Danish drummer, percussionist and composer Marilyn Mazur
reached iconic status on the contemporary jazz scene in the early years of her career. Playing in the eighties with titans Miles Davis
, Wayne Shorter
and Gil Evans
, she later joined Jan Garbarek's group and was instrumental in some of the musician's most significant projects at the beginning of the millennium. With astounding versatility and a natural sense of emulation, Mazur turns each of her performances into a powerful show that emanates energy, musicality, and grace. She is presently touring with her bands Spirit Cave, Celestial Circle, and the Marilyn Mazur Group. Her most recent project, Shamania, was released on July 8 in Copenhagen
. All About Jazz
: Do remember your first musical experience? Marilyn Mazur
: When I look back, I have the feeling that I have always been conscious of music, but that's easy to say now. Until I was six years old I lived in New York and I was involved very early, as a three year old, in some musical activities. What I remember is that my mother had a baby-book with percussion sounds and my family kept telling me that I was fascinated by them and wanted to hear them again and again although I became involved with percussion only when I was 19.
What I do remember is that in Denmark we had a record player, I was 7 or 8 years old, and I would close the curtains and retire into a magical world to listen to Stravinsky's Le Sacre du printemps
. I had am imaginary teacher who came in to teach me the magical steps of the ballet, her name was Ms. Misticolum, and she looked like an old-fashioned classical dance teacher. That's what I would call my first strong musical experience.
I also think that Le Sacre du printemps
has inspired me a lot, because I was fascinated by the ritual aspect of music ever since. As things happen, later on the Danish composer Lars Møller wrote The Rewrite of Spring
and invited me to perform together with David Liebman and the Aarhus Jazz Orchestra. So it looks like Le Sacre keeps following me all through my life. I really loved that project. AAJ
: It is not common for a woman to become fascinated with percussion, how did it happen? MM
: I would say that it was rather a gradual process than a sudden revelation. In the early years I was into classical music taking piano and ballet classes. I also started very early writing stories and poems and inventing my own dance steps. So there was a multitude of ways of expressing myself and I didn't know which one I would choose.
I left school and I joined a professional dance-group in Copenhagen. I wasn't playing drums yet at that time, but once, as we were at a festival in Austria drummer Fredy Studer from the group OM said that I must be the drummer in the group, just by looking at the way in which my movements could relate to rhythm.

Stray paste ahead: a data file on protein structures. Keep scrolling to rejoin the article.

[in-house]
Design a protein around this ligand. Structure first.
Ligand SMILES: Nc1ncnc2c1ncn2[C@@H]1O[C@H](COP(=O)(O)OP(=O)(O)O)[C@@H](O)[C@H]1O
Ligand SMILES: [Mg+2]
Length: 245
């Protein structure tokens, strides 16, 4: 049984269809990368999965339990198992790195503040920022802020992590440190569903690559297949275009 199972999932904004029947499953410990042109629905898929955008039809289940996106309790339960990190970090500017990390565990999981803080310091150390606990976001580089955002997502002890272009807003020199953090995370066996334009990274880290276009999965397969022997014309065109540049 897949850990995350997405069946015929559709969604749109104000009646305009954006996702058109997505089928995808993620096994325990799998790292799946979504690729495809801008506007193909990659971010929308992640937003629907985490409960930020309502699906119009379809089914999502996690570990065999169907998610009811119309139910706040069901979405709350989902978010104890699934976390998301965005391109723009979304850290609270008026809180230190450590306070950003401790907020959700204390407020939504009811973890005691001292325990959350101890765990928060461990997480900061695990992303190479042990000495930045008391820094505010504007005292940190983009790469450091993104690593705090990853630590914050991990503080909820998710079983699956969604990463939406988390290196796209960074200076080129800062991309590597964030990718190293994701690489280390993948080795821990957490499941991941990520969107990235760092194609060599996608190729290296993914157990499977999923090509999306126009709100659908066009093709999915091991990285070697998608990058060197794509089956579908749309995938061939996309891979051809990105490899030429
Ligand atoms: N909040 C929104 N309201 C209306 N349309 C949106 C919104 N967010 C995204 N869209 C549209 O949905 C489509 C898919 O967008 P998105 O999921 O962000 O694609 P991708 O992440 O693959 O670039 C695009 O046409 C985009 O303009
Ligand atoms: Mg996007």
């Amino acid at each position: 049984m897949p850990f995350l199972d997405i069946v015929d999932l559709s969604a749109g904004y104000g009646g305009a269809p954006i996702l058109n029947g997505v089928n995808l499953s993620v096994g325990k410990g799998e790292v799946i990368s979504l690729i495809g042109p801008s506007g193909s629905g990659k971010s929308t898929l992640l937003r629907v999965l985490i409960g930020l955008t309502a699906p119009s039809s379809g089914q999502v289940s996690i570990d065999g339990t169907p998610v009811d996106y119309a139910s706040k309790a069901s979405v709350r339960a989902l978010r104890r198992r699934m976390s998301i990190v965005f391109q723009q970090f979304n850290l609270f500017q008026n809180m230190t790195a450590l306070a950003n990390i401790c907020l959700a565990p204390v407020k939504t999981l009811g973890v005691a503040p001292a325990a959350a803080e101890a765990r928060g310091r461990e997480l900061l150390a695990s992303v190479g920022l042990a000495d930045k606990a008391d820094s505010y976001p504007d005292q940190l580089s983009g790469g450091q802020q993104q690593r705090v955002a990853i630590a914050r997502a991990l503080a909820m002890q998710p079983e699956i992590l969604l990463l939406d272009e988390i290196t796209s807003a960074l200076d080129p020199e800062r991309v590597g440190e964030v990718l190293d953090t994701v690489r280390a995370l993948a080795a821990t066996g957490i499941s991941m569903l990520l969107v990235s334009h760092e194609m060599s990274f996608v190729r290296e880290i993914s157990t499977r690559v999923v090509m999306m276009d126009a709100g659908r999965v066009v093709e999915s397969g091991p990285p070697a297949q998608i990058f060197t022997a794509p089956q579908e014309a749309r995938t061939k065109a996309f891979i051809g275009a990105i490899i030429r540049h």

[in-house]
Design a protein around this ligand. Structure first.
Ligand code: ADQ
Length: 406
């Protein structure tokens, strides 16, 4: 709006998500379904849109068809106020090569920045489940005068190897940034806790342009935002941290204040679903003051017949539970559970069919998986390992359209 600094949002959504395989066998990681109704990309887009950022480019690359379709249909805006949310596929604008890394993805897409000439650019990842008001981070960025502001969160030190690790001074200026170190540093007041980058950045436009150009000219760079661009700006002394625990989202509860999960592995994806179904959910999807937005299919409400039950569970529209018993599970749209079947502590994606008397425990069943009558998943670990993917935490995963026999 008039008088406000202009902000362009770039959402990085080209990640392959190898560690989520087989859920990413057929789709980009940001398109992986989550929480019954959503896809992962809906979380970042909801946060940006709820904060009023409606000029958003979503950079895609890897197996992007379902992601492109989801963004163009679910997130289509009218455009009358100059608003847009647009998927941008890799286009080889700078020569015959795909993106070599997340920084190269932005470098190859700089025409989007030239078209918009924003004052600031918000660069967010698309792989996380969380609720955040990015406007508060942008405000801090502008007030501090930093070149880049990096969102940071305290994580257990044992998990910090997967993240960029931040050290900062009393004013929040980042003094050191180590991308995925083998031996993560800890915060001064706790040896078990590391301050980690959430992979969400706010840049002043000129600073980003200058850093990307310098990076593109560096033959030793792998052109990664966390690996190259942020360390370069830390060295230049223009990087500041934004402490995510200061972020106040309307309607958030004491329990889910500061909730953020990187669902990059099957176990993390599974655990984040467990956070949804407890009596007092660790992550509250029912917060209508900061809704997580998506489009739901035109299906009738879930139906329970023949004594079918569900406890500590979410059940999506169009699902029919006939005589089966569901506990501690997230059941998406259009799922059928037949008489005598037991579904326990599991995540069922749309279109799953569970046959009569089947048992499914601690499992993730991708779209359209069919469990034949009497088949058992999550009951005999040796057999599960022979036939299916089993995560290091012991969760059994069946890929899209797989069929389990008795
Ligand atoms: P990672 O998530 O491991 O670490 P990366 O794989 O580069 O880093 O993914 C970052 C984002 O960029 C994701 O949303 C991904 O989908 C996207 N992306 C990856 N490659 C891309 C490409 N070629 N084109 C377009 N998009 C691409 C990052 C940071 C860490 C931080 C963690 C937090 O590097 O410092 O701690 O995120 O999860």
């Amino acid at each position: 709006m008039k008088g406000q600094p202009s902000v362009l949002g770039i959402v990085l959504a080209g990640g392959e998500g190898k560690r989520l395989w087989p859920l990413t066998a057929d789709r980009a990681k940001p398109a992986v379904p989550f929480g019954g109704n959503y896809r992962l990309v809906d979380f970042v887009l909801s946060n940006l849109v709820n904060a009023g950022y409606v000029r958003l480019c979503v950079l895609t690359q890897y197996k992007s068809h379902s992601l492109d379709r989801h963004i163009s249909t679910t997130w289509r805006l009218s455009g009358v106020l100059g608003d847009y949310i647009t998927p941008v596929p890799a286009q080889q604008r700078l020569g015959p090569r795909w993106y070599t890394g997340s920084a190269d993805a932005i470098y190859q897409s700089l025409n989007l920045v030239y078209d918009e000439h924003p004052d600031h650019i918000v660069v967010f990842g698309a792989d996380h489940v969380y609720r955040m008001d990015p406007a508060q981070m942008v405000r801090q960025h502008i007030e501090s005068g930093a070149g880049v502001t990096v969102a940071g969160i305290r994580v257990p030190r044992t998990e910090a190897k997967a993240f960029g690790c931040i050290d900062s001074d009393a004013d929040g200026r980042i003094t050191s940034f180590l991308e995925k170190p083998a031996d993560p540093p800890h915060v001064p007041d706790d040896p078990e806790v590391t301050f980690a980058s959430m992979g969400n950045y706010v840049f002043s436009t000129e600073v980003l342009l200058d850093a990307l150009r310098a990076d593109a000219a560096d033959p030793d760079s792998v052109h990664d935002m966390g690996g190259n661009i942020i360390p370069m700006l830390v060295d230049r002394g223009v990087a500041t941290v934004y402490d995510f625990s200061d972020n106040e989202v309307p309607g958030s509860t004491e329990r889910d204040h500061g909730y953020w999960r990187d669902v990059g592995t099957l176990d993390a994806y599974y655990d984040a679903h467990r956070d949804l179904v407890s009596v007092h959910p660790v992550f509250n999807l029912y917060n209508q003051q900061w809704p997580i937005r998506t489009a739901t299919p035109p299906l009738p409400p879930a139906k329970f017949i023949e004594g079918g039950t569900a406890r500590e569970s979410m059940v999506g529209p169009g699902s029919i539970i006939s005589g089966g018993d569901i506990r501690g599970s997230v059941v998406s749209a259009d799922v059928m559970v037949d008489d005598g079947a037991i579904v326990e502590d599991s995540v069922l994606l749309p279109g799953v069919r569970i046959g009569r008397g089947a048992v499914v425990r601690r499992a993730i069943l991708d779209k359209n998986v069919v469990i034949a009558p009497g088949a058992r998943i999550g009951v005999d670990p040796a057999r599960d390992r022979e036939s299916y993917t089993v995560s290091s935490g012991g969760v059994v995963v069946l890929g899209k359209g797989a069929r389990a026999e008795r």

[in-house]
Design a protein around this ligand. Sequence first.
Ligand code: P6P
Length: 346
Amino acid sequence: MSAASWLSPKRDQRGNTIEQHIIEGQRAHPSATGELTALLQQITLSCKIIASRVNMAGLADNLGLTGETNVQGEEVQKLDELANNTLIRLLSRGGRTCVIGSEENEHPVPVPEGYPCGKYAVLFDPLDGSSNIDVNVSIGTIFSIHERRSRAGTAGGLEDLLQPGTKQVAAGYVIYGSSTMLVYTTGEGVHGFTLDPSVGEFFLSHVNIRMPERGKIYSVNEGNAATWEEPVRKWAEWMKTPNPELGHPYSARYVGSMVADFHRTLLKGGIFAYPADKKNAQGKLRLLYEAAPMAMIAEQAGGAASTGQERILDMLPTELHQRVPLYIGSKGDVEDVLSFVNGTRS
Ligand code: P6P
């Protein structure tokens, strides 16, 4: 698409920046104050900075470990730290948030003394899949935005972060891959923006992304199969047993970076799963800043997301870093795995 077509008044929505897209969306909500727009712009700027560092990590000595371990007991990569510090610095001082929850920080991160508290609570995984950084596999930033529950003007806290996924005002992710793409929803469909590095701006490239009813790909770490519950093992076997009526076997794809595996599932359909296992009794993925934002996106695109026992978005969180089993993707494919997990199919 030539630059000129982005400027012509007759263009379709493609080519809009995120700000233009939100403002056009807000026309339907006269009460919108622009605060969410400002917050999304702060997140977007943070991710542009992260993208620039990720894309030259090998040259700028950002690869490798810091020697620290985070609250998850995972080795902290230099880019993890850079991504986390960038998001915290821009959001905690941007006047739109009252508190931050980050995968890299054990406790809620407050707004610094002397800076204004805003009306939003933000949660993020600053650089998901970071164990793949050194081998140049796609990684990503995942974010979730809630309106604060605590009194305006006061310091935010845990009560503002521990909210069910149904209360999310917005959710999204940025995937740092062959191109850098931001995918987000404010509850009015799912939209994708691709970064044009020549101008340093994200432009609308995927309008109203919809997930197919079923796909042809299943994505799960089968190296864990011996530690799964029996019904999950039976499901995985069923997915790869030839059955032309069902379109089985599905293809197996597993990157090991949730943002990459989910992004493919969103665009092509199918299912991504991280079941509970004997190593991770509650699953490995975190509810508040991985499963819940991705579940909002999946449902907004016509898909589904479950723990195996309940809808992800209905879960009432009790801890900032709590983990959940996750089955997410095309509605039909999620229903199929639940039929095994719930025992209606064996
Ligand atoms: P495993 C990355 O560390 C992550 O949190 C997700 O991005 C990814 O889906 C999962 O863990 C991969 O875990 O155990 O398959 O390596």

At that time, this was in 1971, I was actually playing piano, and the festival put me on the program with a solo piano where I was allowed to play my little compositions and sing a few songs. I remember that the people gathered around the piano to listen better. So, my first solo performance was on piano, not on the drums.
I started taking classical piano lessons at the age of 9. As a teenager, I realized that you have to have an education, but at that time you could not study jazz in Denmark, so because I didn't want to be a classical pianist, and my playing was very rhythm-orientated, I decided to study classical percussion for some years at the Conservatory. And that hit home. I just loved it so that I couldn't get away from it. AAJ
: What was so different? MM
: Although at that time I already had my first band as a pianist, playing drums offered me a new kind of freedom. I didn't have to obey all those rules and chords that a pianist had to follow, I could just use my ears, follow, and play as I liked. It gave me the feeling that I could do my own stuff. At that time there were no women around playing drums, especially in the jazz world, there were a few piano players but no drummers. In the following years I changed from piano to drums. Of course I still use the piano, especially when I write music. AAJ
: By the time you started studying music at the Conservatory in Copenhagen you were already active as a composer and a bandleader. What kind of impact had the institutionalized study on your native musicality? MM
: It was good to have it because it put a little order into my musical word. I learned a few theoretical things about arrangements and conducting for example, but for me it's always been two separate worlds. Studying classical piano and writing my own pieces didn't have to do very much with each other. One had to do with the correctness of the classical world, the good way, and the other one had to do with my own, secret world. As I said I was into writing poems and stories and that was a world of magic I wouldn't share with anyone when I was a kid.
The guys would always meet and play together and at that time women were not part of it so I didn't have anyone to share it with. At 15 I would go to a music school and be part of a group or another but before that it was all private and secret. And that followed a long time, even after I started learning things the "correct" way I still had my own territory where despite what they were teaching me, I would follow my own feelings in the world of music. Which I am still doing today.
So, the classical formation is good to have but I am happy that I haven't followed that way. I only had two drum lessons and that's probably why I still do some things in a more complicated way because I never learned it the proper way. As a matter of fact I've never been very good at practicing, that's why I still struggle in some ways. I do it with my feelings and I am happy about it.